60 million returns and home computer usage jumping more than 21 percent.

"We saw continued strong growth in the e-filing program this year," said
IRS Commissioner Mark W. Everson. "It seems safe to say that next year we
will reach a milestone with half of all individual returns being processed
electronically."

IRS statistics released today are through April 30, which includes the
flood of April 15 deadline returns. The numbers show a strong filing
season in several categories:

- E-file sets record. E-file reached just under 60 million, a 15.4 percent
increase. That shattered the total number of electronic returns for all of
last year by 7 million.
- Home computer use soars. Self-prepared tax returns that were e-filed by
computer jumped 21.7 percent, topping 14 million.
- Tax professionals go electronic. Tax professional use of e-file jumped
15.8 percent, with 41.7 million filing electronic this year.
- Free File reaches new mark. In its second year, the public-private
partnership between the IRS and a consortium of tax software companies saw
3.4 million taxpayers use the free on-line filing service. That's a 22
percent increase from last year.
- IRS.gov and "Where's My Refund?" usage increases. The IRS web site
continued to see more use from taxpayers this year, including the "Where's
My Refund?" feature. There were more than 19.2 million inquiries to the
on-line service to check on refunds, another record.
- Direct Deposit grows. Nearly 47 million taxpayers chose direct deposit
of refunds this year, an 11 percent increase from the 2003 record.

These numbers will continue to grow through the Aug. 15 extension deadline
and the Oct. 15 deadline for those seeking a second extension.

"This year shows a clear trend line developing with e-filing," Everson
said. "The number of e-filers jumped 15 percent this year. E-file has more
than doubled in size during the past five years."

Everson also noted the Free File program enjoyed a successful second year.
Free File, which remains available through IRS.gov, gives taxpayers free
access to the benefits of online tax preparation and e-filing.

"I'm gratified that Free File showed strong growth," Everson said. "This
is an important program. Free File helps taxpayers in underserved and
disadvantaged communities, and it's working," Everson said.

Each private company sets its own eligibility requirements for the Free
File program. The IRS hosts the Free File Web page, but the online tax
preparation occurs on the companies' Web sites. The companies file the
returns using IRS's secure e-file transmission system.

Everson also praised IRS workers, tax professionals and tax volunteers for
putting in long hours to help produce a strong filing season.

"Their hard work and dedication gave the IRS a smooth, successful filing
season," Everson said.

"Jack" - John H. Fisher - (e-mail address removed)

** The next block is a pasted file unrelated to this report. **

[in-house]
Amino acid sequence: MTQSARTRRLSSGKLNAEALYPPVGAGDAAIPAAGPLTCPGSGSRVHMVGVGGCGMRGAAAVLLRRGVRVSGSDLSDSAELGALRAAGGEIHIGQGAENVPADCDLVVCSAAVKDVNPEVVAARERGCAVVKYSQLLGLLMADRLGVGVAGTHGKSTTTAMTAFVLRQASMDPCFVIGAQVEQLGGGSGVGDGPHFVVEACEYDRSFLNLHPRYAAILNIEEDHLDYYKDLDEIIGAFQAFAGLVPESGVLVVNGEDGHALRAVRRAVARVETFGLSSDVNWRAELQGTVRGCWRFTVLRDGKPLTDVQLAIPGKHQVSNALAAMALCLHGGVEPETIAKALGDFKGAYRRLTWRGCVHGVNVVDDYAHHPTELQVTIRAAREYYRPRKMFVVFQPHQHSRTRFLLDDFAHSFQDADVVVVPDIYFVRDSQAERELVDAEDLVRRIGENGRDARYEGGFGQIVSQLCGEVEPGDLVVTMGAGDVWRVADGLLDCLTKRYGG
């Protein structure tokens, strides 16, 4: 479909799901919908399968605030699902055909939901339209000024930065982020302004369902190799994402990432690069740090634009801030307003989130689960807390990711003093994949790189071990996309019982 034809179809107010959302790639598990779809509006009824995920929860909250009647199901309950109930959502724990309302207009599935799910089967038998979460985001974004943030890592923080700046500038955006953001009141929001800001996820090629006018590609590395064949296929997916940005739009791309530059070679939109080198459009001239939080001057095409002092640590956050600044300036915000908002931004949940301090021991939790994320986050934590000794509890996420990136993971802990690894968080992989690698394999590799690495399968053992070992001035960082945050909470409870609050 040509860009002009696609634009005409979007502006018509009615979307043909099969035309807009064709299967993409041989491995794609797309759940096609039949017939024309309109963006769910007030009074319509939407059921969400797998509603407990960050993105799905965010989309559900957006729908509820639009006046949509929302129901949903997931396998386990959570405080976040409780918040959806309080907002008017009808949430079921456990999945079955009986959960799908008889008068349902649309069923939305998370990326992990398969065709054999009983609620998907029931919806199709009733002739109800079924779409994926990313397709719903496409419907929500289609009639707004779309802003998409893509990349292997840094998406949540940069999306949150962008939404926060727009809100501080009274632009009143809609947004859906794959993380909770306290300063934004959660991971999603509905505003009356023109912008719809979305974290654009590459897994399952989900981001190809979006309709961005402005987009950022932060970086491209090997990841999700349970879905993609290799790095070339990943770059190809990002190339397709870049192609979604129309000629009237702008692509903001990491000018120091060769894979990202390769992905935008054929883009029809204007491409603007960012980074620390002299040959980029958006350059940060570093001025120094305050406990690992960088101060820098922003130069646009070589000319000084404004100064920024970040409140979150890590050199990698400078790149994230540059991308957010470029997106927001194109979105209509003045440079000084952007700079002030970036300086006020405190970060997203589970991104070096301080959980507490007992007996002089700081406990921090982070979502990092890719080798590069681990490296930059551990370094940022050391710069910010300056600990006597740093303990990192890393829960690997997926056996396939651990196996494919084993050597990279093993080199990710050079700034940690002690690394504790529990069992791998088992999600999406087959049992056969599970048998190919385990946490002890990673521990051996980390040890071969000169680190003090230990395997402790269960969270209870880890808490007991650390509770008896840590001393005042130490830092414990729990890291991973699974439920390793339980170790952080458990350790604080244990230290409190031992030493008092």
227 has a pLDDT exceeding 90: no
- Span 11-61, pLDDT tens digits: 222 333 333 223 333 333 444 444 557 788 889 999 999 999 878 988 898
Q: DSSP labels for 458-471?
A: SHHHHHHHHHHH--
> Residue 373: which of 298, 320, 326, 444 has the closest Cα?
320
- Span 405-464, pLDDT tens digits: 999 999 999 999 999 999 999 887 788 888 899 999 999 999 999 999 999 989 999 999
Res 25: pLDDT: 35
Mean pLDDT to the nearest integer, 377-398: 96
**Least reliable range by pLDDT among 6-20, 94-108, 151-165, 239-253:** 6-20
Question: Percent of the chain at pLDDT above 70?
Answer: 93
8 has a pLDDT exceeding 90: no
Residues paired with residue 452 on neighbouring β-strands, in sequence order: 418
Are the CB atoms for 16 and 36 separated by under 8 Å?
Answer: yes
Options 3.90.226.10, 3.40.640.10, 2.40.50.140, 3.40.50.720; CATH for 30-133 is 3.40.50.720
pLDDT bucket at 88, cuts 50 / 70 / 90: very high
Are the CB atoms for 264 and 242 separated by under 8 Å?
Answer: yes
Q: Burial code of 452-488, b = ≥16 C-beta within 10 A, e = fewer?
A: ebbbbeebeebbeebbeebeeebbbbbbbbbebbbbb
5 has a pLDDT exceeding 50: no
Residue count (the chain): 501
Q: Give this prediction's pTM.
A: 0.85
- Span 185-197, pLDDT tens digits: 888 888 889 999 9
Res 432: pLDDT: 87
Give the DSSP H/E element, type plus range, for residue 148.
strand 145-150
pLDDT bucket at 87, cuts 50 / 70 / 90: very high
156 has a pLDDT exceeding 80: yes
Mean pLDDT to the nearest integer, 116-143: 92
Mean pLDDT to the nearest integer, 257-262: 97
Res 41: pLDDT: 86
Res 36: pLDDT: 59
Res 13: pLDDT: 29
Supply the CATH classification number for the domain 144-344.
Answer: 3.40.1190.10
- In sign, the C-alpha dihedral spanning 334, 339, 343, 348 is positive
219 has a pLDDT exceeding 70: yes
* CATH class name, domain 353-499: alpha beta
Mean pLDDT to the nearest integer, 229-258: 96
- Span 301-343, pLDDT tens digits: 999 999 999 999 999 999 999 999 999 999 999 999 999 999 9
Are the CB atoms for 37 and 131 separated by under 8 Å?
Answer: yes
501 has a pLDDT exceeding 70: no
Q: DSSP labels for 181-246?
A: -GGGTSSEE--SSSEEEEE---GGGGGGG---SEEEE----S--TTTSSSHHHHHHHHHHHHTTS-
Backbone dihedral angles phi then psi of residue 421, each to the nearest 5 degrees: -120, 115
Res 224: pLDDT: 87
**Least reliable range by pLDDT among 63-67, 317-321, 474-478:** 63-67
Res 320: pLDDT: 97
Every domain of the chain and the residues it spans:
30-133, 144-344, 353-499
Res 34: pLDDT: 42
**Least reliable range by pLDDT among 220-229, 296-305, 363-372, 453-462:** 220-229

Philadelphia, Pa - Atlantic City, NJ - West Wildwood, NJ
My Newsgroups & Boards at: http://members.aol.com/TaxService/index.html

Where Ignorance is bliss, 'tis folly to be wise!=:)
 
V

Vince DiChiacchio

Thanks for the references. I looked at Notice 1999-59.

An example is the easiest way to explain my interpretation.
A taxpayer pays $100 into a corporation. The corporation
distributes it back to him, but the taxpayer does not reduce
basis because he has an obligation to pay back the $100.
The corporation is liquidated and the taxpayer takes a $100
loss for his unrecovered basis.

What happened to the $100 obligation? It was paid off by
other corporate assets. The taxpayer is instructed to take
the position that the relief of his $100 obligation is not
income.

So this intricate tax shelter is another way of saying,
"Here is some income. Don't report it. And pay me fees for
this incredible loophole."

Am I missing something here?

Vince, CPA
 
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P

Peter C. Gatto, CPA

Vince DiChiacchio said:
Thanks for the references. I looked at Notice 1999-59.

An example is the easiest way to explain my interpretation.
A taxpayer pays $100 into a corporation. The corporation
distributes it back to him, but the taxpayer does not reduce
basis because he has an obligation to pay back the $100.
The corporation is liquidated and the taxpayer takes a $100
loss for his unrecovered basis.

What happened to the $100 obligation? It was paid off by
other corporate assets. The taxpayer is instructed to take
the position that the relief of his $100 obligation is not
income.

So this intricate tax shelter is another way of saying,
"Here is some income. Don't report it. And pay me fees for
this incredible loophole."

Am I missing something here?
You're not missing anything. You clearly see that the
promoters and accounting firms were instructing their
clients to take mutually exclusive tax positions. That is,
reduce the distribution by the amount of the debt obligation
in year one, but when the debt is repaid in year two, do not
then take that amount into income (thereby resulting in a
"one-sided timing difference").

I don't feel one bit sorry for people who entered into these
transactions. Large corporations had their own tax advisors
who could review the transactions (even if they could not
"take home" the paper explaining the transaction. Their
advisors were sophisticated enough to understand the
underpinnings of the TATs. They played audit roulette and
lost (unless they invested the temporary tax savings and
made so much money as to more than offset the now due taxes
and interest).

For individuals who sold a business for a large gain and
then had their advisors bring the TAT to them, I can feel a
little empathy, but not much. Even with no tax knowledge,
common sense would tell me that I should not be able to take
a $10MM tax loss if I did not have now, or would not have in
the future, a $10MM economic loss. The bad thing for the
individuals is that they would not be keeping up with these
developments and would not have known about the April 2002
opportunity to fess up and get out of penalties if their
position was ultimately not sustained.

I'll get off my soap box now.

Peter C. Gatto, CPA